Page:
As a customer I want to believe I’m making an informed decision. how many times do you admit you are buying a cereal because the cartoon character’s reaction made it look yummy? If my decision is not informed then there are other factors at play during this decision which I am not consciously aware of.(And if I’m guessing or don’t care, then still it wasn’t the conscious individual that made the decision, rather we decided against making a conscious decision) Marketing science isn’t looking to inform masses about the product. It wants to bypass that step as much as possible, and get to the selling and buying. In that sense I think it is very subliminal and dishonest.

    Well sure, but that still has a subliminal effect. Gaining credibility just because it is on a news show is how MSM gains control over its subjects. CNN and these other news programs, like FOX, don’t have to worry too hard about how credible their words are, because their position gives them that credibility. Even something this simple can be considered subliminal because our conscious ideas and subjective perspectives of what it should be like are unconsidered, even abused.

    That may not be very clear, so let me explain it this way. It isn't a 'subconscious,' It’s more of a subjective unconscious molded by consciousness. And giving credibility to news shown on a medium like television isn’t a conscious decision most of the time. Only through triggers we have learned over time, like being betrayed by aimlessly believing their credibility, for example, can we rise above this unconscious decision and make it conscious once again.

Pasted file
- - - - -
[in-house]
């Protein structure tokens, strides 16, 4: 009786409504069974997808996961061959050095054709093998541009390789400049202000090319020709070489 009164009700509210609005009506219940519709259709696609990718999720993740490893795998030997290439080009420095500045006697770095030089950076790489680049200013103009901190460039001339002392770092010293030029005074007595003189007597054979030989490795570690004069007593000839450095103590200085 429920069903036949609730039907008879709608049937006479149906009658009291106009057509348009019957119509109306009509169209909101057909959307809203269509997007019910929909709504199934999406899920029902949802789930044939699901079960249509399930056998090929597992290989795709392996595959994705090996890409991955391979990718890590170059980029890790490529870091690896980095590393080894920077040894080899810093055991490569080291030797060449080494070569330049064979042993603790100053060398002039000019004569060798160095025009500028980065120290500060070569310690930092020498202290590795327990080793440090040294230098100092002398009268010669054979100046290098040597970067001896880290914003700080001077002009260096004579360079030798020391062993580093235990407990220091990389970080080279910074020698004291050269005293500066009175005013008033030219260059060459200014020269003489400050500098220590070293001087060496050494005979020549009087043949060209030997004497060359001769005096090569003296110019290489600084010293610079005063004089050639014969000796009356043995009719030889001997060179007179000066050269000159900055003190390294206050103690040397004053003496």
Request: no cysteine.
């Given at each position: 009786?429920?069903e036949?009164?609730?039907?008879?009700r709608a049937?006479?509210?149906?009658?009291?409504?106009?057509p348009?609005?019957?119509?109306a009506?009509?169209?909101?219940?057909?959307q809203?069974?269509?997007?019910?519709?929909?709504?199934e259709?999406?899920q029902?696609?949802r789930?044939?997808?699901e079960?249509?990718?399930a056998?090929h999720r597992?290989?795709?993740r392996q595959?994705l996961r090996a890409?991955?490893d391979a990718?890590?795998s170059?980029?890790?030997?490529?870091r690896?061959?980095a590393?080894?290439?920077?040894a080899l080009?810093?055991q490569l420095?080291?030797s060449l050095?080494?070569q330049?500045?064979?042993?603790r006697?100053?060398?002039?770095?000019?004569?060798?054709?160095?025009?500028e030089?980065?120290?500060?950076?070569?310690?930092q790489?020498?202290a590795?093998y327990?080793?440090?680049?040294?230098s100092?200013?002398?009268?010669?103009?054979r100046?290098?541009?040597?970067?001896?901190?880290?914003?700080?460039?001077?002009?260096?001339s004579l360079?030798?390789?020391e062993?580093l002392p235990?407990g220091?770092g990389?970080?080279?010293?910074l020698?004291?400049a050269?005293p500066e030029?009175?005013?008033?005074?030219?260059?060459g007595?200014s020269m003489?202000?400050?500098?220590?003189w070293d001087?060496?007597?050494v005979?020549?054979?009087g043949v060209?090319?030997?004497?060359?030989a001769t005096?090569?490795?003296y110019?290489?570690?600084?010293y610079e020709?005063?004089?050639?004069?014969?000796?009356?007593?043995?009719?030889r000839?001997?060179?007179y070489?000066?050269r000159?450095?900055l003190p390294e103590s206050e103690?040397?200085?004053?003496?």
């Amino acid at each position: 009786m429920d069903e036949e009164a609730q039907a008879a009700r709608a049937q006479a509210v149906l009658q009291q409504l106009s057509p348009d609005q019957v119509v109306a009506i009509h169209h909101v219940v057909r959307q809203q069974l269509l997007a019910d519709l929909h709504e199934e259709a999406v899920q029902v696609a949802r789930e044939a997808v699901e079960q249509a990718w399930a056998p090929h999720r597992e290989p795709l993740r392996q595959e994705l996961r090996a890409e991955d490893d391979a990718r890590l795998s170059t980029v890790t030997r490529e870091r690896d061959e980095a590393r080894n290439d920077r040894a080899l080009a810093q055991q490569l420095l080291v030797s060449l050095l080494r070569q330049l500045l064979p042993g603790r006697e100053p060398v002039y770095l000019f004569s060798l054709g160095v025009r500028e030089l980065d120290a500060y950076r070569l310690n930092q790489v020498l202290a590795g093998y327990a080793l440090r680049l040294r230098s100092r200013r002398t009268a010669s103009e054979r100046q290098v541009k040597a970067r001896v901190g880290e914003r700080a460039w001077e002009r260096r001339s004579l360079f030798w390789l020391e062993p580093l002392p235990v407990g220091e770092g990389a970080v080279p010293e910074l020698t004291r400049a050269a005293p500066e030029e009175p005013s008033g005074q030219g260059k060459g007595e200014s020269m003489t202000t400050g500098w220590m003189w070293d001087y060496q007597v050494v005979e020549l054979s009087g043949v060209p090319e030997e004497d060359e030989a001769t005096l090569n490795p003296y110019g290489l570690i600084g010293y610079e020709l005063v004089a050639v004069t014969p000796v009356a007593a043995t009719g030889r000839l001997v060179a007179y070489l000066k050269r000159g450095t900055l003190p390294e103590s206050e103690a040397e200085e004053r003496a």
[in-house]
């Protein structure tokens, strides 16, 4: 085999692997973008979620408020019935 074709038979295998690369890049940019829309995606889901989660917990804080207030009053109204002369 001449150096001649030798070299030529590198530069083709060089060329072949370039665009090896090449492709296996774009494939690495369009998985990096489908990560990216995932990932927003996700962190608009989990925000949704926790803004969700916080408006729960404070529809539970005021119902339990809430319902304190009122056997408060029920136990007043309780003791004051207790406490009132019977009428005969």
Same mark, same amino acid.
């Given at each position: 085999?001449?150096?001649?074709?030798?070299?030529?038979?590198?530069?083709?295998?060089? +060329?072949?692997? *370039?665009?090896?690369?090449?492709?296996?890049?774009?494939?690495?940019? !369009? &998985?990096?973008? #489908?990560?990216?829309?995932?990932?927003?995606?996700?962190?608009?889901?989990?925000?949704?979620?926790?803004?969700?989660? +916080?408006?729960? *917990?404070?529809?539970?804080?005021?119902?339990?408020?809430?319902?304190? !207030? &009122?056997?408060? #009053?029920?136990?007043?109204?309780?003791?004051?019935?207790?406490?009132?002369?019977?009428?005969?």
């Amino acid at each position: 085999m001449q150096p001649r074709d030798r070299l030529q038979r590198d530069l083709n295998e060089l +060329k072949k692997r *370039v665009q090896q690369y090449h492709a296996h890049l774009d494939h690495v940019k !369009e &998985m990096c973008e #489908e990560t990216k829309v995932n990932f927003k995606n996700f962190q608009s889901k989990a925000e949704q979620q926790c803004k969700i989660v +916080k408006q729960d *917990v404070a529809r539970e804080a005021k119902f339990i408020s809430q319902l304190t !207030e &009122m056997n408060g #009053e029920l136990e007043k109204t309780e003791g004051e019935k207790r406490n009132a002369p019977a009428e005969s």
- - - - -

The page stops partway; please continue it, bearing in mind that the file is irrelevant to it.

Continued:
Maybe this isn’t anything I can prove but the unconscious is always working its magic based on the will the conscious decided on. A common example of this is known as habit forming; However, it is a little more fundamental than that. ;) The prefrontal cortex is constantly programming the rest of our brain based on our conscious connections and ideas. And the unconscious is taking this programming and applying it to itself, taking some load off of the conscious. Anything that influences us by targeting this unconscious byproduct of our conscious is, by the simplest definition, subliminal. And I know I might be a little unfair with such a general definition but…

    This all goes back to how skin deep ‘Marketing science’ really is, and how far it is from the issue. I don’t know a whole lot about marketing, but I do know a bit about the factors involved and I have seen the evolution of commercials over time. This all gives me insight into the following: